Quest's EOP "Xtream" does amazing things for RDP latency (with video demo goodness)

Quest recently released version 7.1 of their vWorkspace Desktop Virtualization Suite. One of the cool new features is something called EOP "Xtream," an enhancement to RDP that increases performance in environments with high latency. When Quest visited our office a few weeks ago, we got to spend some time with EOP Xtream and were able to record this conversation and demo video.

I'll come out and say it right now: EOP Xtream is very, very cool. 


In this video, Quest's Rob Mallicoat shows us Microsoft RDP (actually running RemoteFX beta) connecting with a wide open network connection. Then we methodically increase the latency to 20, 40, and 80ms. Since RemoteFX (in its current form) is a LAN-only solution, the high def video we were watching started to break down once the latency got up there.

Then we disconnected and reconnected with EOP Xtream enabled, and we saw that even with 80ms, the video playback was smooth. (And since this was via RemoteFX, it was 100% host-side rendering--no multimedia redirection or anything.

EOP Xtream is amazing. How does it work?

So at first glance, EOP Xtream looked amazing. We had four (!) Quest people in the room during that demo, so naturally I asked them how it worked.

And then things got weird.

All I got were vague answers about it "increasing the efficiency of RDP in highly latent connections" and vague marketing crap like that. No one would actually explain what this was doing. Of course the folks in the room from Quest were huge nerds like Gabe and me, and the said that they wanted to explain it to us, but that their legal team told them they were not allowed to. After laughing for a few minutes about how dumb lawyers are (Like hello?!? This is production software that's for sale to the public. There are no secrets dumbasses!!!), Gabe and I decided to investigate. We noticed that the vWorkspace EOP configuration screen has an option for "maximum number of connections." We also noticed via netstat and a network sniffer that when EOP Xtream was used, the RDP client and host actually opened multiple TCP connections (in our case there were three TCP connections between the host and client with EOP Xtream, and a single one with straight RDP).

Interesting! After some quick Google research, we learned that there is a theory that opening multiple TCP streams can increase performance in environments where latency is an issue. The advantage comes from the "reliable" nature of TCP, and the fact and senders have to wait for acknowledgement packets, and since TCP window sizes can't be too huge across real world WANs, you can get better performance if you take your TCP stream and slice it into a bunch of parallel streams. Of course these same websites also said this would be extremely difficult to build in real life, but based on what we can see by playing with EOP Xtream, this is exactly what they're doing. So congrats to them!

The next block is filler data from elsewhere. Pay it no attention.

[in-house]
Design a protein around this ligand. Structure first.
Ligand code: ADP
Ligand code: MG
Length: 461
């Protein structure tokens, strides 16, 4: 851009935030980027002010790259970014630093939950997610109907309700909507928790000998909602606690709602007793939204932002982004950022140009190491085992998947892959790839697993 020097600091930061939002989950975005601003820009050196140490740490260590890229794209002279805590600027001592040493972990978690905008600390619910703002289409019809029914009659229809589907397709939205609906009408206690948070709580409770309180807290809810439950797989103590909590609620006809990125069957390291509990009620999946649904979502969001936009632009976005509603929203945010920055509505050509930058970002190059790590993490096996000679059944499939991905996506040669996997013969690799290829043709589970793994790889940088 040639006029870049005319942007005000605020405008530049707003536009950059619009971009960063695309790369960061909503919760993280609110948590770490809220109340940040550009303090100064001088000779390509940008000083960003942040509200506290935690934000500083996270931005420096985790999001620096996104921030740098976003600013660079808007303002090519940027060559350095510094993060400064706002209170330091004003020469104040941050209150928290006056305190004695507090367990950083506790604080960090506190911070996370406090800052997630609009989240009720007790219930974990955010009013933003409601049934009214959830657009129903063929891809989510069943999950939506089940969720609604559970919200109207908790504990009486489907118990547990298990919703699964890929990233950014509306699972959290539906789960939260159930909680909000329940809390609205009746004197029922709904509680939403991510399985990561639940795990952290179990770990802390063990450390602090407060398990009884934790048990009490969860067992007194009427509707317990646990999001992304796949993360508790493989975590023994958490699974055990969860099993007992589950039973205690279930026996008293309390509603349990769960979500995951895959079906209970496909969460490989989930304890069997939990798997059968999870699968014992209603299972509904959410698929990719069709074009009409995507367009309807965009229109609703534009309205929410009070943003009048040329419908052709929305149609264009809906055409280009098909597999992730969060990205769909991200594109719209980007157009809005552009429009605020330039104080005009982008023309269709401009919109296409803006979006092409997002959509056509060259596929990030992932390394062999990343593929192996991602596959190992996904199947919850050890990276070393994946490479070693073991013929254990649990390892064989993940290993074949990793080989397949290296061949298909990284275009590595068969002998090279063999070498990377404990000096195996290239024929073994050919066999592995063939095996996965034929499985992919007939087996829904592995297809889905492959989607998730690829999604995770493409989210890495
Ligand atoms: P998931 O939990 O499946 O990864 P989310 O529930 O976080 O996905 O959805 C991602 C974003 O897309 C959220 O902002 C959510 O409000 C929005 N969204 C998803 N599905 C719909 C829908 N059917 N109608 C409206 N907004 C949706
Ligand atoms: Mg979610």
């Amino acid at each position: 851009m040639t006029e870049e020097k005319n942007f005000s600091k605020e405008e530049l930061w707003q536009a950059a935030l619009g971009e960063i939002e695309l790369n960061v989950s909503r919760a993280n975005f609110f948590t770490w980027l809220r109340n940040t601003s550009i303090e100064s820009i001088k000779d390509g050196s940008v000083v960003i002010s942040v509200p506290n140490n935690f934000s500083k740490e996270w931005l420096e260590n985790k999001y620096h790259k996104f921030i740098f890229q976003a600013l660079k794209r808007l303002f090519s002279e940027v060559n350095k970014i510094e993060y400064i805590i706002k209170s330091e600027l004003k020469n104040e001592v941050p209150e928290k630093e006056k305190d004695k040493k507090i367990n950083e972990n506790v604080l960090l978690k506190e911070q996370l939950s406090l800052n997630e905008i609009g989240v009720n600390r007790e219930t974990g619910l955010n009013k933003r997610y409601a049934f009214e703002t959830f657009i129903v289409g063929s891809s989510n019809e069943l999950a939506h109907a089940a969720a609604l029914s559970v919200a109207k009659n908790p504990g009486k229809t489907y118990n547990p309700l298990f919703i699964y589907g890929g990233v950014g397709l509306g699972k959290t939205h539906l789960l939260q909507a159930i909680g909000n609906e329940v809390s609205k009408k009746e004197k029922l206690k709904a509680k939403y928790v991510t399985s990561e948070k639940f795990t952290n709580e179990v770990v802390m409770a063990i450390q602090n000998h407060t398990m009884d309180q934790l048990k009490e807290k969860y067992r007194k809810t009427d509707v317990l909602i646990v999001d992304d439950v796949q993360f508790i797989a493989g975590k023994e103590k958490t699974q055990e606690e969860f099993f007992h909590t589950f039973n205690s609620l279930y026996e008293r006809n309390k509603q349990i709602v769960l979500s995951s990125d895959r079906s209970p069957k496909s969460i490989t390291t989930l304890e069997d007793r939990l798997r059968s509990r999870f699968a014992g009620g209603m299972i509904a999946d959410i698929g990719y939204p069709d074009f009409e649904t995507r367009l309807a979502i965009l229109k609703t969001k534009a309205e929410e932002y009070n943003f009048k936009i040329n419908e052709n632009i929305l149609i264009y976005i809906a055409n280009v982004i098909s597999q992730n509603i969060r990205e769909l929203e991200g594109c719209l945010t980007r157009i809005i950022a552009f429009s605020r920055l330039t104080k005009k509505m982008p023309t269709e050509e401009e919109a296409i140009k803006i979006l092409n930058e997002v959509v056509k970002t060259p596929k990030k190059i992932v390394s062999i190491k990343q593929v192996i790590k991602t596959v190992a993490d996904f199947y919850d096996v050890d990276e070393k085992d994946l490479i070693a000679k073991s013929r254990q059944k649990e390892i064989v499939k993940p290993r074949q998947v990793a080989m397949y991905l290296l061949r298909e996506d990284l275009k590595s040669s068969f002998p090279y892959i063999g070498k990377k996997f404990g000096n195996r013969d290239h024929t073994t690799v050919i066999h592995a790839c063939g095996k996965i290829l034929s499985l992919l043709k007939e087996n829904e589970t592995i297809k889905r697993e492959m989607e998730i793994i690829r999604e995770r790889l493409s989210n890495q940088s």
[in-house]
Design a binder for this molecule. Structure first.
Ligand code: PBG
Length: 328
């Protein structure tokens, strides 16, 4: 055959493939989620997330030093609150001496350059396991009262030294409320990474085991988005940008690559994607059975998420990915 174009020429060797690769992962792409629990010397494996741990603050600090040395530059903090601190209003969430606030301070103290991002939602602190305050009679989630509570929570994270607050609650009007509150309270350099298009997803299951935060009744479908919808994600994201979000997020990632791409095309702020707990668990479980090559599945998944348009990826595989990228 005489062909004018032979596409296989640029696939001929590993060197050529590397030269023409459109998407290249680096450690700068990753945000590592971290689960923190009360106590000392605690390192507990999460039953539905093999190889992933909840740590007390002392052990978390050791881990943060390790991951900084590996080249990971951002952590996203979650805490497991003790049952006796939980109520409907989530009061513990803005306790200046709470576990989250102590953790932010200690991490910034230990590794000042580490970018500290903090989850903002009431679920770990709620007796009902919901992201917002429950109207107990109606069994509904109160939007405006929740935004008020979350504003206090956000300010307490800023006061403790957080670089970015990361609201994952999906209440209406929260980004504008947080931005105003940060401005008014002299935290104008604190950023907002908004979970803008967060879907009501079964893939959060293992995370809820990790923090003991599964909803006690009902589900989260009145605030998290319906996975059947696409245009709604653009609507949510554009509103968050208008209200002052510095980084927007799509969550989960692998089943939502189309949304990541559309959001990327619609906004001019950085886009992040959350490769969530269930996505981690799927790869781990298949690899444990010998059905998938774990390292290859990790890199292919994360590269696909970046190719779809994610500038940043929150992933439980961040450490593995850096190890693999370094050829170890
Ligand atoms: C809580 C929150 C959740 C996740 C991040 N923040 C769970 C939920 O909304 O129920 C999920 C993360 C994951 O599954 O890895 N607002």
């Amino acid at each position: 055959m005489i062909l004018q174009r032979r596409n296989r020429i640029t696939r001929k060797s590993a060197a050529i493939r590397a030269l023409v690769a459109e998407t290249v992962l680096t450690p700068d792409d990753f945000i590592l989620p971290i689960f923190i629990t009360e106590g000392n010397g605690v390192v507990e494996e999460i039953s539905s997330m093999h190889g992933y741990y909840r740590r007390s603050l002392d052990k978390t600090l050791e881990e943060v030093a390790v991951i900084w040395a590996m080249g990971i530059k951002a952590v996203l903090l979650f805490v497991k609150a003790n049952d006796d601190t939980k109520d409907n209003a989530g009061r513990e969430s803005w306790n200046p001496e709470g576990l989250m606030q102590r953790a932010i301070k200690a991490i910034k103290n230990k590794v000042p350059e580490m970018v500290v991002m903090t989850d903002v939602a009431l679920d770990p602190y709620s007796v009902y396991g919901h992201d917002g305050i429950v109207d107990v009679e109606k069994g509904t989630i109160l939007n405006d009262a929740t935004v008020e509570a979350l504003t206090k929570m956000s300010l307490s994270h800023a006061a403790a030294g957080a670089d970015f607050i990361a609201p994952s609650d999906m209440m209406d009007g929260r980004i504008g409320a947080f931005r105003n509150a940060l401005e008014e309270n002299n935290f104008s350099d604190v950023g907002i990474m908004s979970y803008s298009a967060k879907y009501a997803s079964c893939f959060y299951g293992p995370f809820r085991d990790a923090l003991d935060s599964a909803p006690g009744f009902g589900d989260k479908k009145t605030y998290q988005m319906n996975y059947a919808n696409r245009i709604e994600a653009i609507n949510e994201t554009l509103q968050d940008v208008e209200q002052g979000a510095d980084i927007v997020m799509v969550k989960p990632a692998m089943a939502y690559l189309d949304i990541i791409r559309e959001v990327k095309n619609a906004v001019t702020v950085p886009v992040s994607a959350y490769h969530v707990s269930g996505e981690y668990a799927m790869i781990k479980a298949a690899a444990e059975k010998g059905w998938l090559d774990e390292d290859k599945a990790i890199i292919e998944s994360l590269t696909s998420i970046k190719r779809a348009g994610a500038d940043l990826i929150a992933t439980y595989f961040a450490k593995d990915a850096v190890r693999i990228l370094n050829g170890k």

I'll be spending more team with EOP Xtream over the next few months, but in the meantime, here's what we know about what it does and how it works. (Oh, and how cool is RemoteFX?)

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As a Quest/vWorkspace customer.... I've been really impressed with the performance of EOP Xstream. Although we're not using the feature in production yet. - We have some issues non-performance related and probably something we're doing wrong :)

I had a user from Greece use a VM based in London at around 70ms latency to test and they said the difference was unbelievable. - I only took it to around 40 in our test lab.

Keep up the good work :)

For a different post.... Any scaling info emerging from MS yet for RemoteFX? Or are we still in that "to early" phase? And whats the cheapest GFX card it will support :)


That is exactly what it does. It has multiple TCP streams connecting both ends. Citrix from what I can see is doing the same on Nitro, even though I have never seen it running.

Quest just forgot to mention to you a very small detail on all this and a major show stopper not only for them but for Citrix.

When loss kicks in, how do you guarantee order? If this is LAN only, then isn't 80ms or higher too much for a LAN? If this is supposed to work on the WAN, then again, you cannot guarantee quality, unless their definition of WAN is the same as the Teradici guys, a highly controlled, highly priced MPLS link. Sure in this case it will work.

But bring this to the 'real' WAN, the one you and I have when connecting from a hotspot on the road, from your Cable/DSL connection and as soon as loss kicks in I am certain EOP Xtreme will not be that 'Xtreme' anymore.

Any comments Quest? By the way I do love their work and all they have done so far in the industry (as they are fully aware); I am just wondering/guessing that loss will introduce several issues with order on multistream TCP solutions.